Personally I believe the answer should be option 3. The call to wait() may return at any moment, because of spurious wakeups. So the program may print some arbitrary value between 0 and 999999, or it may not terminate at all.
There is no correlation between the finishing of the run() method and the release of locks or notification. However, there may be a correlation between the finishing of a run() method and spurious wakeups.
I tested the program myself, and it indeed prints 999999, but I don't think this can be guaranteed. If I remove the thread.start() statement, the program runs indefinitely, so I believe the termination of a thread may cause other wait() statements to return spuriously. Again, this is an artifact of the implementation, and the results may differ on different operating systems or different virtual machines.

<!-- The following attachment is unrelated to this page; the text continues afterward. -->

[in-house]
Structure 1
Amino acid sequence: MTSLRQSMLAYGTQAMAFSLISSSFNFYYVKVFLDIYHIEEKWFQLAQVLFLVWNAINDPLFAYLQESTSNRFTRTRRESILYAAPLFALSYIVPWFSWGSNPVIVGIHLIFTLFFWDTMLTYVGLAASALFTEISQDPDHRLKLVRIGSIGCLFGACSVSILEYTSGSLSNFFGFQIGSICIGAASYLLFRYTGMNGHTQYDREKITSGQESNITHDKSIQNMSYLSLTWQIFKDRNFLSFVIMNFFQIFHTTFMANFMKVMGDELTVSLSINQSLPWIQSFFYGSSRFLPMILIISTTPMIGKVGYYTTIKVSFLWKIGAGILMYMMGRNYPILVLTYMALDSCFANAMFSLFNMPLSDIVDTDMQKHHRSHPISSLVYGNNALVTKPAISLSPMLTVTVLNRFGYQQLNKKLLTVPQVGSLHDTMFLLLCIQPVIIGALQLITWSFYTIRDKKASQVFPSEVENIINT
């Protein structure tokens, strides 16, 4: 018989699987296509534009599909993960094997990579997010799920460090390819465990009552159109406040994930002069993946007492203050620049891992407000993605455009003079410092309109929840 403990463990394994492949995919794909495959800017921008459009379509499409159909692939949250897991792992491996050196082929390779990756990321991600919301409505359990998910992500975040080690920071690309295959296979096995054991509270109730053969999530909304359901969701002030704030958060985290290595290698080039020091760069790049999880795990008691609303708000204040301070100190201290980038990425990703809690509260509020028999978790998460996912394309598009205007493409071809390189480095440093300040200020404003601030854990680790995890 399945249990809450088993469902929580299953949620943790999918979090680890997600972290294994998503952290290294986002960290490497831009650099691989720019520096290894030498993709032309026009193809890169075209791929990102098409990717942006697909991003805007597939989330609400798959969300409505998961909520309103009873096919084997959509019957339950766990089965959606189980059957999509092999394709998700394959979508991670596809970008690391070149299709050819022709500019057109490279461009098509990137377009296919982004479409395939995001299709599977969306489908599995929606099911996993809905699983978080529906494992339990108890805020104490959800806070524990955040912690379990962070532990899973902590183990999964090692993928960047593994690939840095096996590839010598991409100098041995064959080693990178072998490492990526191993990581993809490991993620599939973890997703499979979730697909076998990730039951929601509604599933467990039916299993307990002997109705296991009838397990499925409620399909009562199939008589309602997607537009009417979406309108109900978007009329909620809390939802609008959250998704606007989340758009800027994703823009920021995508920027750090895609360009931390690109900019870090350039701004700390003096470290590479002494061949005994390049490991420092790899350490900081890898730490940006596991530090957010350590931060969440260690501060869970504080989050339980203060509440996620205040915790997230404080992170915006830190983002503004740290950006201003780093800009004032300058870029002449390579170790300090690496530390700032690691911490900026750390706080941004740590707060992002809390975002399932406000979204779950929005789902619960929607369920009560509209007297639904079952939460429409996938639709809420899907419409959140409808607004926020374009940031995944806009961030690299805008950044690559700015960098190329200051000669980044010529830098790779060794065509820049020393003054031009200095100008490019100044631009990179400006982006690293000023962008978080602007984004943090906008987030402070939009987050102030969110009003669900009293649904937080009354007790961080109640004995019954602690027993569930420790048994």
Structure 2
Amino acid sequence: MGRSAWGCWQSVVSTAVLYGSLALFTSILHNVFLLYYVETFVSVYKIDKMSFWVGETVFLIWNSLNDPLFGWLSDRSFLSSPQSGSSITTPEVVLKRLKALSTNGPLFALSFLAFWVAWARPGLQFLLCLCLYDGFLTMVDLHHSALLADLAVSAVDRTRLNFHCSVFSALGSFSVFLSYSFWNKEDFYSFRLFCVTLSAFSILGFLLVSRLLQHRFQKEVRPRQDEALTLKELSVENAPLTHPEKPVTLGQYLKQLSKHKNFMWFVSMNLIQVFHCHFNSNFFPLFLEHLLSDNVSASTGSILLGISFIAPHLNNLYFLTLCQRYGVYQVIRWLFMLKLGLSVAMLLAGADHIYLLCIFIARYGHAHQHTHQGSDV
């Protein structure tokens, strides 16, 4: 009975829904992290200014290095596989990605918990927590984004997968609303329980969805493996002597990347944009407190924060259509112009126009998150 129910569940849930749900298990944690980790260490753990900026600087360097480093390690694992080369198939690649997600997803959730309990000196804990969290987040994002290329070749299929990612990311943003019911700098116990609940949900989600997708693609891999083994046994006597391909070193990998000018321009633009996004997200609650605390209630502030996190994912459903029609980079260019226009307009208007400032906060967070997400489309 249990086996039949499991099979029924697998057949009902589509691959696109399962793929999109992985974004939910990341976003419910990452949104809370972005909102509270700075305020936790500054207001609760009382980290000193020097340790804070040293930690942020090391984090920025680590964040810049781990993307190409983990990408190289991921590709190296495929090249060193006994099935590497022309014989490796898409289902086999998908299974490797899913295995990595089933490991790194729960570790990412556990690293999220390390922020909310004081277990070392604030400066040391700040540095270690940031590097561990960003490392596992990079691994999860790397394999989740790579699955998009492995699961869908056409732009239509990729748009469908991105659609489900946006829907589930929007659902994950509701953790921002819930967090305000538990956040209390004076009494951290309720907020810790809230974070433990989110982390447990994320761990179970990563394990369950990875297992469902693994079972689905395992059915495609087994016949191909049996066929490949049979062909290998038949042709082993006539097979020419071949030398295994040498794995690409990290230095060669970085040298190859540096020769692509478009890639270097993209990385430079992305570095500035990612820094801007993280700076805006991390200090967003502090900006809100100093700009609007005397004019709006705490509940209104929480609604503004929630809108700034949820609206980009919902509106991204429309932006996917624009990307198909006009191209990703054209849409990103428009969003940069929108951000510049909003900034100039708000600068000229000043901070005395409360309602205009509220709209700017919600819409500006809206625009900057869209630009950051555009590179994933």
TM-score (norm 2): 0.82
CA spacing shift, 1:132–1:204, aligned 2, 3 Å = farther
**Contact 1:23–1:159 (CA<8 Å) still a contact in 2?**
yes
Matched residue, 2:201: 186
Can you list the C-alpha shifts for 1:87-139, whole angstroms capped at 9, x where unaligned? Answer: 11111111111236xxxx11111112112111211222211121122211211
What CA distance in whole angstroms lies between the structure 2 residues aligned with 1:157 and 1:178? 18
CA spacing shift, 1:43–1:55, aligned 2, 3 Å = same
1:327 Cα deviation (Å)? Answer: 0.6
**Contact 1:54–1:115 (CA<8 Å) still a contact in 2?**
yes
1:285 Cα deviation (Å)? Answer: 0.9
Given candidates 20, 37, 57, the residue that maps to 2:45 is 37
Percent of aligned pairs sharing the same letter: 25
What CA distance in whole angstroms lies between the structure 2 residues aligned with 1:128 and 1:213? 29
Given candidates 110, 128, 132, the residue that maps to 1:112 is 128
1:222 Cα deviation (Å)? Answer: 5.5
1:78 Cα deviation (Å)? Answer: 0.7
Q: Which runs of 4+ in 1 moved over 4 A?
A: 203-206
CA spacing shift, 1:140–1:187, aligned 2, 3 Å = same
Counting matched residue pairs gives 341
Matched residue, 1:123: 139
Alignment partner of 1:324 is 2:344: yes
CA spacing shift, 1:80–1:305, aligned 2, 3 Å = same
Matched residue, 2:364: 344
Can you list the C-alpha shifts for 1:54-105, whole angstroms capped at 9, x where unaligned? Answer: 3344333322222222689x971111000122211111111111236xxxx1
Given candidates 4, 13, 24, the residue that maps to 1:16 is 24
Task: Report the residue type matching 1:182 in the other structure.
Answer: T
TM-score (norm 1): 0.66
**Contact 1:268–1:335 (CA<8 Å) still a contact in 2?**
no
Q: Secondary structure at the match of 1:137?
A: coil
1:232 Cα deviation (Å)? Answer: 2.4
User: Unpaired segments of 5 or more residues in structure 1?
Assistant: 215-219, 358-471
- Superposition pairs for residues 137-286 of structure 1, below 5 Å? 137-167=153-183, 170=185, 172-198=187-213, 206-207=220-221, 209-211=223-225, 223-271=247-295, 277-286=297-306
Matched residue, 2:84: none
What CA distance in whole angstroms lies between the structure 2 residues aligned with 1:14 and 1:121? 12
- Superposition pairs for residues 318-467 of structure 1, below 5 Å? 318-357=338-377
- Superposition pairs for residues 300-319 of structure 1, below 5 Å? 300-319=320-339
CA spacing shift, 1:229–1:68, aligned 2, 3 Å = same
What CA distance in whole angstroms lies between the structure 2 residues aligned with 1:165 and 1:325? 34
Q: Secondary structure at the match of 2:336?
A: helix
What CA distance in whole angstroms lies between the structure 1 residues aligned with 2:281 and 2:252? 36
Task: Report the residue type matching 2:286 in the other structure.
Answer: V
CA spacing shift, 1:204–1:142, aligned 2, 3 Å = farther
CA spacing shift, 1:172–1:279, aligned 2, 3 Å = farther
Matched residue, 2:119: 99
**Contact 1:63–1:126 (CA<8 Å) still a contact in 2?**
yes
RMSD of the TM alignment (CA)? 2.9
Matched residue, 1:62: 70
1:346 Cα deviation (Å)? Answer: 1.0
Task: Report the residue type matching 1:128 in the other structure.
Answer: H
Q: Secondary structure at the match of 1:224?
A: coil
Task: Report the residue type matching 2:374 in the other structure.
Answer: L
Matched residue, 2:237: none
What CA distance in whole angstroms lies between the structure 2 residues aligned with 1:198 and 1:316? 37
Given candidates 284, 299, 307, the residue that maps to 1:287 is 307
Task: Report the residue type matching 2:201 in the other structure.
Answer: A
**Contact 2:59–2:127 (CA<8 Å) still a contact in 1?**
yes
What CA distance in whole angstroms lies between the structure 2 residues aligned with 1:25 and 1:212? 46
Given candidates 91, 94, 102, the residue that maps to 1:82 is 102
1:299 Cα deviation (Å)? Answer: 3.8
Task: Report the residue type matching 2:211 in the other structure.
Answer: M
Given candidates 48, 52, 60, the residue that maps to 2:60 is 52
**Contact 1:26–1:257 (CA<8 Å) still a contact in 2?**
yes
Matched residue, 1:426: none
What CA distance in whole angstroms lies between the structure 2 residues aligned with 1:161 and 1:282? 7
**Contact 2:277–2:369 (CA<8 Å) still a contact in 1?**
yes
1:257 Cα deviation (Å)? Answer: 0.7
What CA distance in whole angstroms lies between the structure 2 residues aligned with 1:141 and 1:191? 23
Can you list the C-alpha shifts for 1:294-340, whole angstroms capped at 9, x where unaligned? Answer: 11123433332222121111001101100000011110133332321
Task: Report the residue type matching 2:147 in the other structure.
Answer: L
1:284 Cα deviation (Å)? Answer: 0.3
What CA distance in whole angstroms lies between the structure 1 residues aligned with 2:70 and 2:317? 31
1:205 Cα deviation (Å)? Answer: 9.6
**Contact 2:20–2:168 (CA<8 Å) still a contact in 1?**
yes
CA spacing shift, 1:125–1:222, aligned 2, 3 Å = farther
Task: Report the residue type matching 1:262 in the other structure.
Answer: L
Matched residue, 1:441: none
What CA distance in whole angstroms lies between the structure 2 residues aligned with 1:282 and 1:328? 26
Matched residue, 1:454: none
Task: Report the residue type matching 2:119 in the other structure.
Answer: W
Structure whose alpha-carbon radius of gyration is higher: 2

The call to wait() may return at any moment, because of spurious wakeups.
I'm not sure what is meant by this. In given code, nobody is explicitly calling notify/notifyAll method on thread, so it is very very unlikely (rather I would say impossible) to get out of wait method before thread execution is finished. Once run method is executed, 'wait' will be over.
If I remove the thread.start() statement, the program runs indefinitely
This happened because, thread was not running, nobody's gonna ever call notify/notifyAll on that thread, and hence 'wait' will never end.
Hence, in my opinion, output should (and would) be 999999.